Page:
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It is useless to attempt to reason a man out of a thing he was never reasoned into. -- Jonathan Swift


#9 spycake

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Posted 05 March 2019 - 08:01 AM

No team was going to beat Liriano and Johan Santana multiple times in the same series.


You know Oakland swept us in the 2006 ALDS, right? Johan lost game 1, then our bullpen gave up 3 runs and our offense only scored 2 in game 2 -- not sure how much help Liriano could have provided there. Then we scored 3 runs (in garbage time) in game 3. 7 runs total for 3 games.

I'm not sure that losing Liriano was the key factor preventing us from going all the way that year.
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#10 tarheeltwinsfan

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Posted 05 March 2019 - 08:05 AM

Tony Oliva. 

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#11 big dog

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Posted 05 March 2019 - 08:12 AM

Tony O's OPS+ for his first eight full years (including his first knee injury) was 141.He lost almost all of the next year, then played 3 full seasons with an OPS+ of just over 100, playing on one leg.Then he played a half-year.

 

Give the Twins, say, 5 more years of Tony with a normal decline and I think those early '70s teams go farther.

 

Liriano's a good choice, but I don't think his arm injury could be chalked up to bad luck.More like inevitability.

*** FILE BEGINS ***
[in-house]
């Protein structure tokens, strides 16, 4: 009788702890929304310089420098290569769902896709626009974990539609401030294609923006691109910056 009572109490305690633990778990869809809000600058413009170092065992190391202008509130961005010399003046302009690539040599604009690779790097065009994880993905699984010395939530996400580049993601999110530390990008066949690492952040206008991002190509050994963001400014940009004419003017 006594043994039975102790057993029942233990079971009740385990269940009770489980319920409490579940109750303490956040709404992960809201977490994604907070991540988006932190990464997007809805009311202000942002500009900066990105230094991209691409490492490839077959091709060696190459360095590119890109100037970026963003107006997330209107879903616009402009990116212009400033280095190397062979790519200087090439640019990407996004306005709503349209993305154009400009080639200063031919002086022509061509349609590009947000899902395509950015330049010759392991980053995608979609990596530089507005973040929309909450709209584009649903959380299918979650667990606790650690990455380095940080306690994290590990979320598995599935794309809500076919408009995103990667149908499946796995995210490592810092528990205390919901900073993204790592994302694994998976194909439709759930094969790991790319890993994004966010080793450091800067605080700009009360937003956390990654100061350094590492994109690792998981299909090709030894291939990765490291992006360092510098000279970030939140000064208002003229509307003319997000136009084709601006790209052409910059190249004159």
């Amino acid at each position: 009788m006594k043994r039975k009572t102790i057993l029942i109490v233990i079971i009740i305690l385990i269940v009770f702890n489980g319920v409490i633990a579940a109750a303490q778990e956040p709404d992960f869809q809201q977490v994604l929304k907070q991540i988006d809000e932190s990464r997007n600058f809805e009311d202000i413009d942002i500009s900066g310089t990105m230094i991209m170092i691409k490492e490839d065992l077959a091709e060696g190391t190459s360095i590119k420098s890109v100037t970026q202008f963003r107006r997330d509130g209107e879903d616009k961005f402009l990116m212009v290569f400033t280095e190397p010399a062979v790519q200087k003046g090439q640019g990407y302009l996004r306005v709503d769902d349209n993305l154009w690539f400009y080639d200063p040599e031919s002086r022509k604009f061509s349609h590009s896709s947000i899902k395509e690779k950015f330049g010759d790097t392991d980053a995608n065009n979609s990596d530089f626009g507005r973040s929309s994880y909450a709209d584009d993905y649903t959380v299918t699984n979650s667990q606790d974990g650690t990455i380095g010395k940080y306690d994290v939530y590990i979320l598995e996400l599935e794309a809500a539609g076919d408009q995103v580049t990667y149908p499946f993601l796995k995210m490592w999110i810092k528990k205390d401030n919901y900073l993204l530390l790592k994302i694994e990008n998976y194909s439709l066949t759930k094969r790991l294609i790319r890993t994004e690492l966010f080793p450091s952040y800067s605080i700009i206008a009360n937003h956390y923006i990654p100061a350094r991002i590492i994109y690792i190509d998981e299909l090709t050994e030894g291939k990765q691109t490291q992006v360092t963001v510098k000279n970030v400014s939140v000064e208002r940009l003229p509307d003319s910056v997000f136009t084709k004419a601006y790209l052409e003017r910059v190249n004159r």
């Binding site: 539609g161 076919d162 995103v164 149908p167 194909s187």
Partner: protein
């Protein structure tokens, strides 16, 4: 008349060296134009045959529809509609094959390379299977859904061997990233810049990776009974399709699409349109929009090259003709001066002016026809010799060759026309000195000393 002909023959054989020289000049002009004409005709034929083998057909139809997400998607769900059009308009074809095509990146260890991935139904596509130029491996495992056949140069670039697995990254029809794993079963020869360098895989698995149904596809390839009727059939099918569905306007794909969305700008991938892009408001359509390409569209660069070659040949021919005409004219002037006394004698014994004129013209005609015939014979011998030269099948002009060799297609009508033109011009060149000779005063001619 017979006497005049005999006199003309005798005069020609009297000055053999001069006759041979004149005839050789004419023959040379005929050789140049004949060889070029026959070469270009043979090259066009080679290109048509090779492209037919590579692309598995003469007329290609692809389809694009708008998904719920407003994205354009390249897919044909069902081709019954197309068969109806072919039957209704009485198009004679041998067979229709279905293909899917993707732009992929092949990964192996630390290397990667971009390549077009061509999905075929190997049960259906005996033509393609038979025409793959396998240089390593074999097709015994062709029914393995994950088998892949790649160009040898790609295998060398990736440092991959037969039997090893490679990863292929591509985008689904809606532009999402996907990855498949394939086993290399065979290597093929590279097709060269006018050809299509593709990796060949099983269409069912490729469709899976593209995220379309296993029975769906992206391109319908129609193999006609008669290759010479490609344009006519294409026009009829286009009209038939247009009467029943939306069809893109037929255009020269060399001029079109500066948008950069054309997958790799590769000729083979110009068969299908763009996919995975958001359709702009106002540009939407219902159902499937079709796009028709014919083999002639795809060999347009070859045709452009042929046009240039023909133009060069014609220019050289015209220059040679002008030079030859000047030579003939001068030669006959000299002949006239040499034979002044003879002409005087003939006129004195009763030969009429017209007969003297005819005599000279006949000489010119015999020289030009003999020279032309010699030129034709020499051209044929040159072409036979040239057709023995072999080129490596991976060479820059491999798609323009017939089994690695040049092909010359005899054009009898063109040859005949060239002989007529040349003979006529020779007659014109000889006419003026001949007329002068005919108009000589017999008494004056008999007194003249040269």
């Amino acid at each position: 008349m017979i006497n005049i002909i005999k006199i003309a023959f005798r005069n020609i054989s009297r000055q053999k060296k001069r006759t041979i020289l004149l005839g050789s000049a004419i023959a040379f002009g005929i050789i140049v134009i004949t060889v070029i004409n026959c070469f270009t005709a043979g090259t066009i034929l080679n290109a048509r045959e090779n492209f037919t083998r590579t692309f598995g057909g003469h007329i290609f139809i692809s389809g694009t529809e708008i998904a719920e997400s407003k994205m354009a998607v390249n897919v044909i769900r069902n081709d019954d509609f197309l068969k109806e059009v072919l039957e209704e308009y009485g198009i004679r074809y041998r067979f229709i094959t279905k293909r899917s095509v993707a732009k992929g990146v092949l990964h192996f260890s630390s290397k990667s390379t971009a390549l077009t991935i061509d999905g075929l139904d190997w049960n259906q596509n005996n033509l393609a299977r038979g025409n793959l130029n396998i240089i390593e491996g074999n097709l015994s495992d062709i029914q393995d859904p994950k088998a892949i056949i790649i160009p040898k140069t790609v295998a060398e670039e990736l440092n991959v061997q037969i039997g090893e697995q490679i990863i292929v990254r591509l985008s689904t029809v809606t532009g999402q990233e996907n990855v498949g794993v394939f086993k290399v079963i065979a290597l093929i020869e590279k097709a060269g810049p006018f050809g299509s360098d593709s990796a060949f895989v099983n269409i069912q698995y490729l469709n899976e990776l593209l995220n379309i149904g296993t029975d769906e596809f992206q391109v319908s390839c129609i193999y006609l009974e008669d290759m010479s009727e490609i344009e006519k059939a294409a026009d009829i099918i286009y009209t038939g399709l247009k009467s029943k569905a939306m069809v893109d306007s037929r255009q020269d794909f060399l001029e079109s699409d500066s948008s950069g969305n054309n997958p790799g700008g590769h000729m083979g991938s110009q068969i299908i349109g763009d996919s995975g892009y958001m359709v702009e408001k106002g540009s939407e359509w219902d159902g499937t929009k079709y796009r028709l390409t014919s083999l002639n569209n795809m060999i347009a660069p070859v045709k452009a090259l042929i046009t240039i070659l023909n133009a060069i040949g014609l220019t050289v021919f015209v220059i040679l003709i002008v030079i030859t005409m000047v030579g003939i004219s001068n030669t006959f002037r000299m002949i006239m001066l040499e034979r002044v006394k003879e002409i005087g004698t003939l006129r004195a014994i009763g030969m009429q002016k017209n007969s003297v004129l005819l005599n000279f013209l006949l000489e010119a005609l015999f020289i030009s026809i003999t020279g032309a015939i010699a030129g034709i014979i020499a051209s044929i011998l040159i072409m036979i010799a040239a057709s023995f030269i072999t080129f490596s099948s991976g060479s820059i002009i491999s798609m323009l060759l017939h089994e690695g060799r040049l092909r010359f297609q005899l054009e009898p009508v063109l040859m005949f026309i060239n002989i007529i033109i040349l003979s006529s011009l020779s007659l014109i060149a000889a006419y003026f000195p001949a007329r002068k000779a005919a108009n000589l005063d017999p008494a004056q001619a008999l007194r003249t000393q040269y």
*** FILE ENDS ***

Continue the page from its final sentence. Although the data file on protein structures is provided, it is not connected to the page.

I would put Mauer's concussion second and Morneau's third, but both were pretty devastating to a team with some chances.Kirby's eye was tragic, but it wouldn't have mattered to the team's standings- that whole era was pretty tragic.I just wanted Kirby to have a shot at 3000 hits.

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#12 Doctor Wu

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Posted 05 March 2019 - 08:17 AM

 

Let me toss Jason Kubel's name into the mix as well.

Good pick. Kubel was on an upward path until that injury. He was really never the same afterwards.


#13 Aichiman

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Posted 05 March 2019 - 08:30 AM

Yeah, I'd pick Kubel or Castino.And if I can time travel into the future, I might pick Mr. Sano and his bum leg.


#14 ashbury

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Posted 05 March 2019 - 08:36 AM

Good pick. Kubel was on an upward path until that injury. He was really never the same afterwards.

And not just that. We're looking back at 2006? Imagine having Kubel in the batting order instead of Tyner/Nevin (our bizarro-world DHs). And his pre-injury wheels in the outfield instead of Rondell (slide him to DH where he belonged).

 

I don't think Kubel is the one guy whose absence stopped a WS march, any more than Liriano. But oh my, that makes two coulda-woulda-shouldas.

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It is useless to attempt to reason a man out of a thing he was never reasoned into. -- Jonathan Swift


#15 Mr. Brooks

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Posted 05 March 2019 - 08:46 AM

Sorry, I loved watching Liriano dominate that year, but one pitcher is not the difference between getting swept by a bad team in the first round, and winning the WS. Perhaps if they'd lost that opening round in 5 games you'd have an argument.

This statement should breeze through Common's preposterous statement tournament.

#16 PDX Twin

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Posted 05 March 2019 - 09:21 AM

What makes me toward Oliva is that a strongly suspect (though I don't recall the exact nature of his injuries) that the medical knowledge of 2019 (or even of 1989) could have rebuilt his knee and allowed him to run again.